Max Keeping

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Max Keeping
Born Winston Maxwell Keeping[1][2]
(1942-04-01)1 April 1942
Grand Bank, Newfoundland
Died 1 October 2015(2015-10-01) (aged 73)
Ottawa, Ontario, Canada
Occupation Newscaster
Years active 1950s–2010
Awards Order of Canada (1991)
Gemini Humanitarian Award (2003)
Order of Ontario (2007)

Winston Maxwell "Max" Keeping, CM OOnt (1 April 1942 – 1 October 2015), was a Canadian broadcaster. He was vice-president of news and public affairs at CJOH-DT, the CTV station in Ottawa, Ontario. Keeping was anchor of the local evening news broadcast from 1972 until his retirement in 2010 and was the station's community ambassador until March 2012.


Keeping was born in Grand Bank, Newfoundland and began his news career in the late 1950s.[1] His early work was as sports director of the St. John's Evening Telegram, a post that he occupied at the age of 16. He then worked with the radio station VOCM and CJCH in Halifax.

Keeping moved to Ottawa in 1965, when he became a parliamentary reporter first for CFRA radio, and then as a parliamentary reporter for CTV News.[3]

Keeping returned to Newfoundland in the fall of 1972 to run as a Progressive Conservative in the October federal election, in the riding of Burin—Burgeo. He came in second place behind the Liberal incumbent, Don Jamieson, with 25% of the vote.[3]

After the election he returned to Ottawa. Due to his political campaign, he was unable to return to his parliamentary bureau job at CTV.[3] In November 1972, he joined CJOH as the local news director and was the station's news anchor from November 1972 until March 2010, making him one of the longest-serving Canadian television news anchors.[3][4]

In his more than 40 years in Ottawa, Keeping became a local celebrity. He played an active role in many charitable drives, both through his news station, and outside. He was the long-time Master of Ceremonies of the CHEO telethon. It is estimated that he has participated in the collection of more than $100 million in charitable donations in the Ottawa area. This earned him a 2003 Gemini Humanitarian Award. Most recently Keeping accepted a doctorate from the University of Ottawa and an honorary post as patron for Learning for a Cause, a non-profit educational initiative which publishes and promotes the creative writing of high school students.

In 2003, Keeping announced on-air that he had been diagnosed with prostate cancer.[5] Later that year, a section of CHEO was named the Max Keeping Wing in recognition of his support for the hospital.[6]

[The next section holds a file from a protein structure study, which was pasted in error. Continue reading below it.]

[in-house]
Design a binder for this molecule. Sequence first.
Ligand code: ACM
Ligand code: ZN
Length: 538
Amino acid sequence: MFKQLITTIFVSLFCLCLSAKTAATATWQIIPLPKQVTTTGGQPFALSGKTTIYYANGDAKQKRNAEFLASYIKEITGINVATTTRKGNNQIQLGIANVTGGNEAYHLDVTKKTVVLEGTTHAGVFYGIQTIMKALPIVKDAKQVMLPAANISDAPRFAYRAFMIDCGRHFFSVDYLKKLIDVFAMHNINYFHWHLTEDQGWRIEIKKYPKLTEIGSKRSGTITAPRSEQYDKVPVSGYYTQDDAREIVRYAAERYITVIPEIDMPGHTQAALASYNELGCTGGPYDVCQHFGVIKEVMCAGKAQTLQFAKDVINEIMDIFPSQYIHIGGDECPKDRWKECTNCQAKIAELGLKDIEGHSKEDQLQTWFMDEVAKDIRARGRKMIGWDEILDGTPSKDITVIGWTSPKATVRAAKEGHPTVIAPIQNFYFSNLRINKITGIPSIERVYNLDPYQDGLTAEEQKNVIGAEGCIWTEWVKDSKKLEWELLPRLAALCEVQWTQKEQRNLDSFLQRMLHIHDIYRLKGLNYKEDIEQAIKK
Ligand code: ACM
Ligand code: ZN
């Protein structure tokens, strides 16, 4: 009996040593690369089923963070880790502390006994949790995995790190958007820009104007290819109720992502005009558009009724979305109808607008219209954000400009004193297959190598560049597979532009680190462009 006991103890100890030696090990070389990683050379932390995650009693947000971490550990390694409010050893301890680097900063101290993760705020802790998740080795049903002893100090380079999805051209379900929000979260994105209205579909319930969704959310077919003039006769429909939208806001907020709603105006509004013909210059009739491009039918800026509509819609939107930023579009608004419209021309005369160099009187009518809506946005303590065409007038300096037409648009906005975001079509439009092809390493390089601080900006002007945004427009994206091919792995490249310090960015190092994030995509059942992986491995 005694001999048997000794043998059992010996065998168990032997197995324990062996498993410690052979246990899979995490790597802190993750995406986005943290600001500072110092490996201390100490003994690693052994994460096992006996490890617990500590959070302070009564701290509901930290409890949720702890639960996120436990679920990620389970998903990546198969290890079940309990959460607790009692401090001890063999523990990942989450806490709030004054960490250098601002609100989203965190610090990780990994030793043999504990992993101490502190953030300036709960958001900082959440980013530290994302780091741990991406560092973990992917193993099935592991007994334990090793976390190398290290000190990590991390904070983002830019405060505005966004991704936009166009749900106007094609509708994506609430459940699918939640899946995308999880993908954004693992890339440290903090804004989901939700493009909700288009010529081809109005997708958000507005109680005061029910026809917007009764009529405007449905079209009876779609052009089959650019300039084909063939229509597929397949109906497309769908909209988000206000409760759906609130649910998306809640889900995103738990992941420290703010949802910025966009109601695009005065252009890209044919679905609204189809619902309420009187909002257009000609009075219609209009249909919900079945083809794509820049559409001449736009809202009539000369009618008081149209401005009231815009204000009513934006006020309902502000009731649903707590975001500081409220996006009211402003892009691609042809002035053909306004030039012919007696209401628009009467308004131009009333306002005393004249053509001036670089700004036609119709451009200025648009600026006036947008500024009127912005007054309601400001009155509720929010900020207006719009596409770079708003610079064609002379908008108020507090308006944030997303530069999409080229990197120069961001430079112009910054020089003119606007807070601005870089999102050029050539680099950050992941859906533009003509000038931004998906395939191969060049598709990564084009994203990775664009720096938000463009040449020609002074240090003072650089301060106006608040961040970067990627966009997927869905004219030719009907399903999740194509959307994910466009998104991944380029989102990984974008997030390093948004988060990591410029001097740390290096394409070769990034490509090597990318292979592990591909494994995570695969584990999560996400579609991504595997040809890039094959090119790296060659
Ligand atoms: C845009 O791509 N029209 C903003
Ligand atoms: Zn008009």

Keeping announced on 3 December 2009 that he would retire as news anchor after 26 March 2010. On the same newscast, it was announced that his replacement would be Graham Richardson of CTV News's parliamentary bureau, who appeared on the air with Keeping and fellow anchor Carol Anne Meehan to make the announcement. After retirement, Keeping started a new job as the television station's "community ambassador."[7]

He was treated for colorectal cancer in 2012, and in 2014 was diagnosed with untreatable cancer in his lungs. Keeping died on 1 October 2015.[8][9]

Awards and notable achievements[edit]


  1. ^ a b Sherring, Susan (26 March 2010). "Max Keeping — an Ottawa icon". Ottawa Sun. Retrieved 29 September 2010. 
  2. ^ Wedge, Pip (November 2007). "Member of CAB Hall of Fame / Keeping, Max (1942- )". Canadian Communications Foundation. Retrieved 31 October 2010. 
  3. ^ a b c d Enman, Charles (1 October 2015). "Obituary: Max Keeping was Ottawa's 'close and comfortable' news anchor". Ottawa Citizen. Retrieved 1 October 2015. 
  4. ^ Abma, Sandra (1 October 2015). "Max Keeping, former Ottawa news anchor, dead at 73". CBC News. Retrieved 1 October 2015. 
  5. ^ "Max's fight against prostate cancer". Canadian Prostate Cancer Network. 3 July 2003. Archived from the original on 10 August 2003. Retrieved 2010-02-10. 
  6. ^ a b "CHEO Opens Doors On A New Era: Max Keeping, Long-Time Community Partner, Engrained into CHEO's History". Children's Hospital of Eastern Ontario. 30 September 2003. Archived from the original on 27 September 2006. Retrieved 1 October 2015. 
  7. ^ Lofaro, Tony (3 December 2009). "TV anchor Max Keeping to retire in March after 37 years as Ottawa mainstay". Archived from the original on 7 December 2009. Retrieved 3 December 2009. 
  8. ^ Dawson, Tyler (1 October 2015). "CJOH newscaster, philanthropist Max Keeping has died at 73". Ottawa Citizen. Retrieved 1 October 2015. 
  9. ^ "Archived copy". Archived from the original on 16 October 2016. Retrieved 2015-10-01. 
  10. ^ Tuominen, Liisa (11 February 2015). "Max Keeping Timeline". Ottawa Citizen. Retrieved 1 October 2015. 
  11. ^ "Order of Canada: Max Keeping". Governor General of Canada. 19 April 1991. Retrieved 2010-02-10. 
  12. ^ "Key to the City". City of Ottawa. Archived from the original on 15 January 2016. Retrieved 1 October 2015. 
  13. ^ "Edited Hansard * Number 076 (Official Version)". Retrieved 2010-02-08. 
  14. ^ The Canadian Press (20 October 2003). "Cirque program wins Gemini award: 'Crowning glory' says executive producer". Degrassi Online. Archived from the original on 6 July 2011. Retrieved 2010-04-05. 
  15. ^ "Spring Convocation 2007: The double cohort graduates at the University of Ottawa". University of Ottawa. 4 June 2007. Retrieved 1 October 2015. 
  16. ^ "Order of Ontario Recipients Announced". Ontario Ministry of Citizenship, Immigration and International Trade. 19 December 2007. Retrieved 1 October 2015. 
  17. ^ "134th Convocation > Honorary degree recipients". Carleton NOW. Carleton University. 8 June 2009. Retrieved 2010-01-10. [dead link]
  18. ^ Howell, Elizabeth (26 March 2010). "After 37 years, Max Keeping takes final bow". CTV Ottawa. 
  19. ^ "Committee approves naming bridge in honour of Max Keeping". 

External links[edit]